Ladies and Gentlemen, Say hello to Android O…
It’s almost exactly a year ago, that Google announced the developer preview of Android N and for the second year in a row, Google took the wraps off of a developer preview of the next significant version of Android, “Android O (Just Spitballing here, Android Oreo?)”.
Google isn’t yet telling everything that’s coming in O, and the large developer documentation is still on lockdown, but we do have a number of new features to go over.
As we all know, the first developer preview is not going to be that much stable. Google’s blog post mentions that ”it’s early days, there are still plenty of stabilization and performance work ahead of us. But it’s booting.”
The marquee feature is meant to address an eternal smartphone problem: battery life.
Google’s blog posts says that Android O ”puts a big priority on improving a user’s battery life and the device’s interactive performance.” Google plans to do this by adding “automatic limits” to what apps can do in the background in “three main areas: implicit broadcast, background services, and location updates”.
Let’s discuss what implicit broadcast means in terms of background processing. “Implicit Broadcasts” are device-wide announcements that any app can listen to. In older versions of Android, these were things like “connectivity change” from LTE or Wi-Fi. Any app can sign up to receive these broadcasts and could wake up the second they happened, which is not a great idea for performance.
Google exhibited a “vision” for how background processes would work in a “future release” of Android during its background processing talk at I/O 2016. All implicit broadcasts were shut off, and apps would have to totally rely on job scheduler. Doing this to everything would break a lot of apps, so the proposed change would happen only for apps that “target” the new release. “Targeting” a release of Android means an app is aware of Android features up to that release and would be signing up for new APIs and background restrictions.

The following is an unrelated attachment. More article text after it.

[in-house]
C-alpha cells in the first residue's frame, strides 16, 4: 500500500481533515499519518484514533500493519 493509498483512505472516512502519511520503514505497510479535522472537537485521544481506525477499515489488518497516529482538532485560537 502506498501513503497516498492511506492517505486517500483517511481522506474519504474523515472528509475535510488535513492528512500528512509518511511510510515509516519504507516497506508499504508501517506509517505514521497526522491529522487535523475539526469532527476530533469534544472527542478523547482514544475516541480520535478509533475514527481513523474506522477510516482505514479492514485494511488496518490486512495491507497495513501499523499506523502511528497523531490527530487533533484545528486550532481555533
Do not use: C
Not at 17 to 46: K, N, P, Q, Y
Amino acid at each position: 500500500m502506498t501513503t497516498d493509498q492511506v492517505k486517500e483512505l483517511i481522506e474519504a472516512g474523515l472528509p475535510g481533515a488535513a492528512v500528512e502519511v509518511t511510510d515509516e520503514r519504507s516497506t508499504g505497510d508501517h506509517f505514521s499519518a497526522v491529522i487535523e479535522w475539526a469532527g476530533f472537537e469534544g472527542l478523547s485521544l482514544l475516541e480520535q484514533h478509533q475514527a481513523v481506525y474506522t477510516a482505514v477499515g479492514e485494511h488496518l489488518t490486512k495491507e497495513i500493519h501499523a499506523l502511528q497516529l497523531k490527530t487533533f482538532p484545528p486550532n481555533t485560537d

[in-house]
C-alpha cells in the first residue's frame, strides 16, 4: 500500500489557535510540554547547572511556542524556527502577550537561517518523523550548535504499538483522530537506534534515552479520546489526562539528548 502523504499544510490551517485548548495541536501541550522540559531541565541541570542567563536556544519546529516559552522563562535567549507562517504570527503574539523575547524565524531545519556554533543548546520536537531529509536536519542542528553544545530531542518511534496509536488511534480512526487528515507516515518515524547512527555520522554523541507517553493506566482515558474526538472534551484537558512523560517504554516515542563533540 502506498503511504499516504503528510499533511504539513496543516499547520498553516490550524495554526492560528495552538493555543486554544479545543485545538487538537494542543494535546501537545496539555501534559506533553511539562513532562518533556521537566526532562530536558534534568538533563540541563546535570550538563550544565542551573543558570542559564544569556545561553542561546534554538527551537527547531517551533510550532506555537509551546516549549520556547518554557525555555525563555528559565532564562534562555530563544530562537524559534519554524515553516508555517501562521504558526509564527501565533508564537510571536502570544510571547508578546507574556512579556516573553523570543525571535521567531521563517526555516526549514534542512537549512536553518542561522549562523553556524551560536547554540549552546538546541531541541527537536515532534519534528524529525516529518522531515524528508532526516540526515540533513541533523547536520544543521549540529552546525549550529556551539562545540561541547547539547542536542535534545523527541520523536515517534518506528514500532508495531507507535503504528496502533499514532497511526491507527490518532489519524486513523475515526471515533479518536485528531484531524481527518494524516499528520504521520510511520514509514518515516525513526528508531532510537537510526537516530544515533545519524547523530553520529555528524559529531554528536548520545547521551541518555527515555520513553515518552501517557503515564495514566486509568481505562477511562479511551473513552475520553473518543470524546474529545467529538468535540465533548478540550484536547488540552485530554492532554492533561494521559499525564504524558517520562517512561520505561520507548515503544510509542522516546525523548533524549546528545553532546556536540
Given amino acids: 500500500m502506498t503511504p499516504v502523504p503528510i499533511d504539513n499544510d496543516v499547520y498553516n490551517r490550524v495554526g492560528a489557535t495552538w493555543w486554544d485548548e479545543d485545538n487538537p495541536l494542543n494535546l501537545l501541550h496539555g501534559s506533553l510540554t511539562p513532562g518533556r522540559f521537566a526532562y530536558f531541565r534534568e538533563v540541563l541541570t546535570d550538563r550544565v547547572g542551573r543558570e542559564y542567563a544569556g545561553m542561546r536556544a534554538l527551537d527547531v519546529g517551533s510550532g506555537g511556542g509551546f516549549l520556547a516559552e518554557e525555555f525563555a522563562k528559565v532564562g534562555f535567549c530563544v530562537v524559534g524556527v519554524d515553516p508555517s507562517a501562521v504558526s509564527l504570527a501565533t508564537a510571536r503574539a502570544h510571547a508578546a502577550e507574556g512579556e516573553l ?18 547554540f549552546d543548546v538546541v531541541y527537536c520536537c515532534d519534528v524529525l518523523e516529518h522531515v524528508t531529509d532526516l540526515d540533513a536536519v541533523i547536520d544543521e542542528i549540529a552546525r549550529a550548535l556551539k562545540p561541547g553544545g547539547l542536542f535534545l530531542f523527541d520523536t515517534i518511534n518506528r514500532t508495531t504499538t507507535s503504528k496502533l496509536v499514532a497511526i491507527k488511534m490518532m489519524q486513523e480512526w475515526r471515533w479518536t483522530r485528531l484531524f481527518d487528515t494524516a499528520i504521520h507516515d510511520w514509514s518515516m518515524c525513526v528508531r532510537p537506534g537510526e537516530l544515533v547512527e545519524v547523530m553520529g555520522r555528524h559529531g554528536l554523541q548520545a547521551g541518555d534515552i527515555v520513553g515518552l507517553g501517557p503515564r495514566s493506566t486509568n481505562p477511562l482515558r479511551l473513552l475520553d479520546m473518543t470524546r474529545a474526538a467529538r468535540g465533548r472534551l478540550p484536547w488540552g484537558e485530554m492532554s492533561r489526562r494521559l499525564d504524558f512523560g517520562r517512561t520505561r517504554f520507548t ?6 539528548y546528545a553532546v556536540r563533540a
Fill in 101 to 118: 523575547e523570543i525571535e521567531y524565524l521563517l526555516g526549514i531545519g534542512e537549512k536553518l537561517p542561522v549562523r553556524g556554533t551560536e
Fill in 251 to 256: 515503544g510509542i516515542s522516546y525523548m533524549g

|Adaptive icons display in a variety of shapes across different device models.|
The idea is to have your unique icon in the centre of a variable shape, with a background image that can be cut several different ways. This new type of icon will work pretty much everywhere you see an icon-on the launcher, shortcuts, settings sharing dialogues, and the overview screen-and system animation will be correctly applied to the variable shape.
Notification channels let users control your app's notification categories
Android has been the expert when it comes to tweaking the notification system. The big change is that apps can "group" their notifications into categories called channels.
Channels let developers give users fine-grained, control over different kinds of notifications-users can block or change the behavior of each channel individually, rather than managing all of the app’s notifications together.
Tons of new features:
Android users already depend on a range of password managers to autofill login details and repetitive information, which makes setting up new apps or placing transactions easier. Users can select an autofill app, similar to the way they select a keyboard app. The autofill app stores and secures the data, such as addresses, user names, and even passwords.
Wide gamut color support for apps:
Android developers of imaging apps can now take advantage of new devices that have a wide-gamut color capable display. To display wide gamut images, apps will need to enable a flag in their manifest (per activity) and load bitmaps with an embedded wide color profile (AdobeRGB, Pro Photo RGB, DCI-P3, etc.).
Font resources in XML:
Fonts are now a fully supported resource type in Android O. Apps can now use fonts in XML layouts as well as define font families in XML-declaring the font style and weight along with the font files.
In Android Nougat there was an optional multiprocess mode for WebView that moved the handling of web content into an isolated process. In Android O, multiprocess mode stays on by default and also developers will get crash handling in Android O for enhanced security and improved app stability.
If you want to give it a try on your phone you can download a preview from here.
That's about it for now. Stay tuned for more Android O updates on GizmoSpy.